Hotel Reviews represent one of my favorite uses of text analytics. About five years ago we built a site with FAST that measured hotel reviews to build a “consensus opinion ” of hotels in a narrow geographic area. The idea was to give users of the site (shown below) an idea of what people thought of various hotels in a given area (Manhattan for example). It’s a nice application because it plays to the strengths of sentiment scoring, where a group of reviews are rolled together to form a consensus opinion. Automated engines are very accurate in such a use case (possibly more accurate than people), and they can handle a large volume of content.
Recently we revisited the scoring of hotel reviews, and dove a bit deeper this time. Rather than simply generating a score for each property we scored the reviews for various features of the hotel, like location and staff and dining. For this test we used reviews for a couple of hotels in Las Vegas, the Bellagio and Bally’s and we measured the following features for each: – Rooms – Price – Facilities – Location – Cleanliness – Service – Overall An important aspect of this analysis is that the hotels are basically in the same location (right across the street from each other). When you examine the results (below), you’ll see that the hotels scored nearlythe same on location. This is a good test that the results are indicative of reality.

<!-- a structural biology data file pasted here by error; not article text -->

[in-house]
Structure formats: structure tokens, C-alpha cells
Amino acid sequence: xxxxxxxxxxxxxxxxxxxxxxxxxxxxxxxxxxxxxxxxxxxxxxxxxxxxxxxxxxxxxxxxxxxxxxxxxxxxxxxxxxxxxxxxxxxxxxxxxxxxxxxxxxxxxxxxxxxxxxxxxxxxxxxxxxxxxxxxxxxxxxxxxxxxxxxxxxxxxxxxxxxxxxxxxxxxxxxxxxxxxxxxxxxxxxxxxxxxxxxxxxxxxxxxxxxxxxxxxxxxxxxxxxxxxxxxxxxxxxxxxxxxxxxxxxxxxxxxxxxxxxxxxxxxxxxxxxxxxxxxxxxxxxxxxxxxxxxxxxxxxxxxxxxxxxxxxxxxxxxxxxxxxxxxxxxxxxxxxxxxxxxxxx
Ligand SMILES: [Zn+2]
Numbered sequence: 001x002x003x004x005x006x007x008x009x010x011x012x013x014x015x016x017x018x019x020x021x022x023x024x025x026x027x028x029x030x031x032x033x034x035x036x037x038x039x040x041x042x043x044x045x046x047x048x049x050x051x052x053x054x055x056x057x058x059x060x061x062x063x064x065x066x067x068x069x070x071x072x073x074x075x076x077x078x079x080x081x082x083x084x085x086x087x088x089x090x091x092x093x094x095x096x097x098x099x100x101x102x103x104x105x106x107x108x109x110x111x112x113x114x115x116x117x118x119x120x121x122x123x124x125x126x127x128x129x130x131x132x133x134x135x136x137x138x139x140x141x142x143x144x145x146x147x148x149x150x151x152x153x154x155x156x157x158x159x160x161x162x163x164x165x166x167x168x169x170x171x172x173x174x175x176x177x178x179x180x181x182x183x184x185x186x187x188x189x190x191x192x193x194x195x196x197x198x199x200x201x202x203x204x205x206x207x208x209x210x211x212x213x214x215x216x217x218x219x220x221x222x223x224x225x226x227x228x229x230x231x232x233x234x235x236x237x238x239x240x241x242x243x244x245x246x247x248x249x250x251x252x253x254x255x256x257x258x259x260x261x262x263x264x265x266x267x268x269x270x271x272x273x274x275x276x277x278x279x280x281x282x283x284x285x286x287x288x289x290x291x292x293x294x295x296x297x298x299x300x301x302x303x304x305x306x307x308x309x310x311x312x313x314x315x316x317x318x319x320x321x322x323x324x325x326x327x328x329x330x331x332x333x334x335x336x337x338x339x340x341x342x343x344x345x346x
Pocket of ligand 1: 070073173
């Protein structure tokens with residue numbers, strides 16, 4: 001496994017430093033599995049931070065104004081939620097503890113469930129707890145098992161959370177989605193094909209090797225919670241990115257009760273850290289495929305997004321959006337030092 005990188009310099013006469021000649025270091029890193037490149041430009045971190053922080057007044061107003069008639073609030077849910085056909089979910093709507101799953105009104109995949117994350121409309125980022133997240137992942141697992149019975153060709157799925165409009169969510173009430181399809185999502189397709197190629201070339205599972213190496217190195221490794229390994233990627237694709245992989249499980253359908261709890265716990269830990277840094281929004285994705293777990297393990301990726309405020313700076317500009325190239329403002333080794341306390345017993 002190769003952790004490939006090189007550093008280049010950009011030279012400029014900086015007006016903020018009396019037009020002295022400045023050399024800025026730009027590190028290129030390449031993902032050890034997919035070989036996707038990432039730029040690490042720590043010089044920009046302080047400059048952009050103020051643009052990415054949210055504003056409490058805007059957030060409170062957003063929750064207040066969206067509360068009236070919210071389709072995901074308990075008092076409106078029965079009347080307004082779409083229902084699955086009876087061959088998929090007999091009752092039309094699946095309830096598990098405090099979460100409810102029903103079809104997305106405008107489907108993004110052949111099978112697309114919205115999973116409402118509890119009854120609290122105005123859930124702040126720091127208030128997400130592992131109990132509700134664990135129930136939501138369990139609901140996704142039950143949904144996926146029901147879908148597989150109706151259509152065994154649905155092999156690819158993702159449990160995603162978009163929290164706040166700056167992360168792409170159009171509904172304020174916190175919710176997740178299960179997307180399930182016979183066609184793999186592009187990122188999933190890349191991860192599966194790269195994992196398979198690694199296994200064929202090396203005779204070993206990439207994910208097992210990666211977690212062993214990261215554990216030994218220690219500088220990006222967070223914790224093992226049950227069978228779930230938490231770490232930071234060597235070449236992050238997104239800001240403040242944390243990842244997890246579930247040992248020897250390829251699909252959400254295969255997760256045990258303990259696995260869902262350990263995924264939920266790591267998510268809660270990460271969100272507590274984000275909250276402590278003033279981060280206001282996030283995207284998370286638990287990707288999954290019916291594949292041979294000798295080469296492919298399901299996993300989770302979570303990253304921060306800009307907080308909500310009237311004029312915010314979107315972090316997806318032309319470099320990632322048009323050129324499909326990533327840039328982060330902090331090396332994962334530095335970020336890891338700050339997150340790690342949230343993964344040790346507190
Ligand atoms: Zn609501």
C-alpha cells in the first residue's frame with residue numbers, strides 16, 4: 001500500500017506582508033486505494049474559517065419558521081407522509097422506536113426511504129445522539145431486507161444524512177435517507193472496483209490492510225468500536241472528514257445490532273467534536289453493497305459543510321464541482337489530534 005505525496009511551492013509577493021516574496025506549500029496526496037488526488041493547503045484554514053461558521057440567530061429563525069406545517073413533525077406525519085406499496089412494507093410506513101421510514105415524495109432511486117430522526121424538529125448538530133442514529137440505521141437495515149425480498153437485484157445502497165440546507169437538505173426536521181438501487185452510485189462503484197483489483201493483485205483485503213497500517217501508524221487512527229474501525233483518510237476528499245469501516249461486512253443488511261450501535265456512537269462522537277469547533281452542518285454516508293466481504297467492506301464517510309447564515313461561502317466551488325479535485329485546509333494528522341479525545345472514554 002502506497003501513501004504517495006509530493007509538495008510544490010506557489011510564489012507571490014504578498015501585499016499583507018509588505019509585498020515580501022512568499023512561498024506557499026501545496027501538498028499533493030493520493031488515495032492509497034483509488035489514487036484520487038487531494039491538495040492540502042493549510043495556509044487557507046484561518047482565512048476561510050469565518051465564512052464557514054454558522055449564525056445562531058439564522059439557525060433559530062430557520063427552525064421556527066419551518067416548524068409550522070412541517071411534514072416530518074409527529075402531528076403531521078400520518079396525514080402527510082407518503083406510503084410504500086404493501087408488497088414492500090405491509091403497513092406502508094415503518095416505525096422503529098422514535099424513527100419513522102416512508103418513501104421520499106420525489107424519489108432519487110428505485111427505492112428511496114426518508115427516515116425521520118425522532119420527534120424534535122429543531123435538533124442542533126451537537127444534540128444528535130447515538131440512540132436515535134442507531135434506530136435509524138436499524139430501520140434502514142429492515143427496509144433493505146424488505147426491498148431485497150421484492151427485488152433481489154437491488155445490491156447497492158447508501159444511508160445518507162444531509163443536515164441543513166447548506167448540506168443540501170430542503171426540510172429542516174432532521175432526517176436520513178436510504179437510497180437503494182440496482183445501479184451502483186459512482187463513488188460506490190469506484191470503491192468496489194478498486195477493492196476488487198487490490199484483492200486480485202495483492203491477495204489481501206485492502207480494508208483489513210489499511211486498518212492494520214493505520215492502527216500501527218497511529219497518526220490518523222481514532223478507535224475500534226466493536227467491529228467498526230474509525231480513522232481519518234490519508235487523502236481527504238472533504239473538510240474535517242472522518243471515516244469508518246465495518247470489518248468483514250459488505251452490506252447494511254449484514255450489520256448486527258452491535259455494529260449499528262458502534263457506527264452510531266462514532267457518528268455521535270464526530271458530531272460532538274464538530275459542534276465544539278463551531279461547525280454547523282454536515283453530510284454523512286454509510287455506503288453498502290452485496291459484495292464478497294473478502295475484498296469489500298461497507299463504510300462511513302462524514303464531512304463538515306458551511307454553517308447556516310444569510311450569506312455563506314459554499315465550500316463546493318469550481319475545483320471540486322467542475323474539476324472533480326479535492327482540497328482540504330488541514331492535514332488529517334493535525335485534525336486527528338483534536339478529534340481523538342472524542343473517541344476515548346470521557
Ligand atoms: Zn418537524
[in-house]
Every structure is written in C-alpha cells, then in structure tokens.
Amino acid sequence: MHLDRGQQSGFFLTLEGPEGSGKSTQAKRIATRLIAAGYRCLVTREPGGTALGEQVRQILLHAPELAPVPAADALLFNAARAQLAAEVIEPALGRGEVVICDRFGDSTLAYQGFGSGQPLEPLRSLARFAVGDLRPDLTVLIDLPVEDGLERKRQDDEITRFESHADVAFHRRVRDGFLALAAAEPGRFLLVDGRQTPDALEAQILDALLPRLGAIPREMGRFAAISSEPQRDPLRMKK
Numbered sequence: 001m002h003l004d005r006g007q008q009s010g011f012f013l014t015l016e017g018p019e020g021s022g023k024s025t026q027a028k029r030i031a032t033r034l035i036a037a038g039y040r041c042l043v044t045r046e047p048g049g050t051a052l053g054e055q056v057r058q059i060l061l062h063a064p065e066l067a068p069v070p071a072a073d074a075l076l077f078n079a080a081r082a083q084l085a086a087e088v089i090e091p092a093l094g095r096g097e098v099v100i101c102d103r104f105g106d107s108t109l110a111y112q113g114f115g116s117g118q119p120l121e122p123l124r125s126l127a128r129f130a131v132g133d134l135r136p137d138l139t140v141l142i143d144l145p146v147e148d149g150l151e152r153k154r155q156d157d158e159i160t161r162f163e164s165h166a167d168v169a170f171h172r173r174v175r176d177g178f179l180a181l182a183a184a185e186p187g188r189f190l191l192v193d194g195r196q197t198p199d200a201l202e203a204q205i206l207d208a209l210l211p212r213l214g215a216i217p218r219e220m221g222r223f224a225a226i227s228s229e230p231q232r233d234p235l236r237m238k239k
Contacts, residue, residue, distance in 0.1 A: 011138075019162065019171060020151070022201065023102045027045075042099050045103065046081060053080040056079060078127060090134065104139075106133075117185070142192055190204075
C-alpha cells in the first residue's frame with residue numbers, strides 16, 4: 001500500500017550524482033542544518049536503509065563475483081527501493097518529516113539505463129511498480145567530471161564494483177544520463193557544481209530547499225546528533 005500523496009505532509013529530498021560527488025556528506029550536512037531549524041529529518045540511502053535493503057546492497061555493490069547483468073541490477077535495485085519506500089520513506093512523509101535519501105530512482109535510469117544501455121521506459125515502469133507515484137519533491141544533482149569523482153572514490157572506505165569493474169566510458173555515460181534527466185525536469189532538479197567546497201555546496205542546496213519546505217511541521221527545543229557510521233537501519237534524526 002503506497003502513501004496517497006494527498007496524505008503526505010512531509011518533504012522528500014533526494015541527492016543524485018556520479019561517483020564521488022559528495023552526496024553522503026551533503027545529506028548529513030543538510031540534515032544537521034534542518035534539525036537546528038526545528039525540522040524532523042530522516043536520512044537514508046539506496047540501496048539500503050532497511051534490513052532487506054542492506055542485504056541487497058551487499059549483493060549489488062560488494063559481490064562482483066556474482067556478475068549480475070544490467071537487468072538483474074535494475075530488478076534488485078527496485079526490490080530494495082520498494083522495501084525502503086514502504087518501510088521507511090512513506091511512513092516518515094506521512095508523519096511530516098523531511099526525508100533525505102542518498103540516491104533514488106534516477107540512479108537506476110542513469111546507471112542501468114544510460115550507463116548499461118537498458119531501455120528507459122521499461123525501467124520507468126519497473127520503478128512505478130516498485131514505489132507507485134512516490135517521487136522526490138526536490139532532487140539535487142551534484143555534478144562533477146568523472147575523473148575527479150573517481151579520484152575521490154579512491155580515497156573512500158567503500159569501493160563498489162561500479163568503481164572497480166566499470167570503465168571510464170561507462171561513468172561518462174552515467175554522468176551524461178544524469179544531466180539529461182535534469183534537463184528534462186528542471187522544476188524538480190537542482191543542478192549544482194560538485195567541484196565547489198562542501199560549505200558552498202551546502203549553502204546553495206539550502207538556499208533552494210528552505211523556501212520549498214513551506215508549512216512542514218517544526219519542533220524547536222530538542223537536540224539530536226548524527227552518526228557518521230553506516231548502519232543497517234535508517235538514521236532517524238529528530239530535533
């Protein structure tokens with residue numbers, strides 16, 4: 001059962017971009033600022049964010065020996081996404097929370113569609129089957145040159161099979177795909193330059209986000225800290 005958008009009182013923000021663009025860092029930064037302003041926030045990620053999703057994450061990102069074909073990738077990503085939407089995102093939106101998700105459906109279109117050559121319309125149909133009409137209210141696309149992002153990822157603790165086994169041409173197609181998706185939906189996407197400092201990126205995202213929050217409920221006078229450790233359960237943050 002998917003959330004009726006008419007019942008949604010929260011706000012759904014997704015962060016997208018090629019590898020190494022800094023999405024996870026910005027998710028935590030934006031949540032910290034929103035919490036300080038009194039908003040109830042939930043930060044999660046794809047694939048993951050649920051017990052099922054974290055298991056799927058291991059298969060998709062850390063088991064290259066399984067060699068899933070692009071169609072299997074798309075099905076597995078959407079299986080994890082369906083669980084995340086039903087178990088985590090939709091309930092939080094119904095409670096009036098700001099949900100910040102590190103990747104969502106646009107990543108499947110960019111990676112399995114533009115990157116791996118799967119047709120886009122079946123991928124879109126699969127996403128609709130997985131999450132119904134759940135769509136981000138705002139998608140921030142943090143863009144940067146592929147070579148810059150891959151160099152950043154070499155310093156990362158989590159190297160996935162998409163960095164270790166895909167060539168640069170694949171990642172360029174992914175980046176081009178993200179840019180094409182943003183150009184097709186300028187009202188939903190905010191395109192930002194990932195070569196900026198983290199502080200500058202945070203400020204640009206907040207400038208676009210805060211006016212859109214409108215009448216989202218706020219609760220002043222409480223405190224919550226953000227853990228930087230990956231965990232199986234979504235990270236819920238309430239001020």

Digging deeper into the results, I was surprised to see that Bally’s had higher scores than Bellagio because Bellagio is one of the 5-star properties in Vegas, so we dug a bit deeper to make sure we weren’t scoring the reviews wrong. We focused in on the most positive and most negative reviews and tried to figure out why Bellagio wasn’t scoring higher. The chart below shows that the “happy campers” were equally happy with Bellagio and Bally’s the unhappy visitors were really unhappy with the Bellagio.
When we dug into the reviews we discovered that people expected more for their money than they were getting at Bellagio. Through the simple application of sentiment analysis on publicly available information, we show that companies can make these comparisons with much higher reliability, at minimal incremental cost, and with an unprecedented ability to adjust categories on-the-fly, either based on these results, or to test out new hypotheses. In fact, using this technique, we can move beyond the limitations of traditional approaches by running additional analysis to discover new, previously unmeasured categories based on recurring themes within the data. What this means for brands is that those who are able to leverage sentiment analysis will remain at significant advantage over their competitors, able to anticipate and proactively respond to how customers perceive their brand, much faster, more comprehensively, and significantly cheaper than existing methods.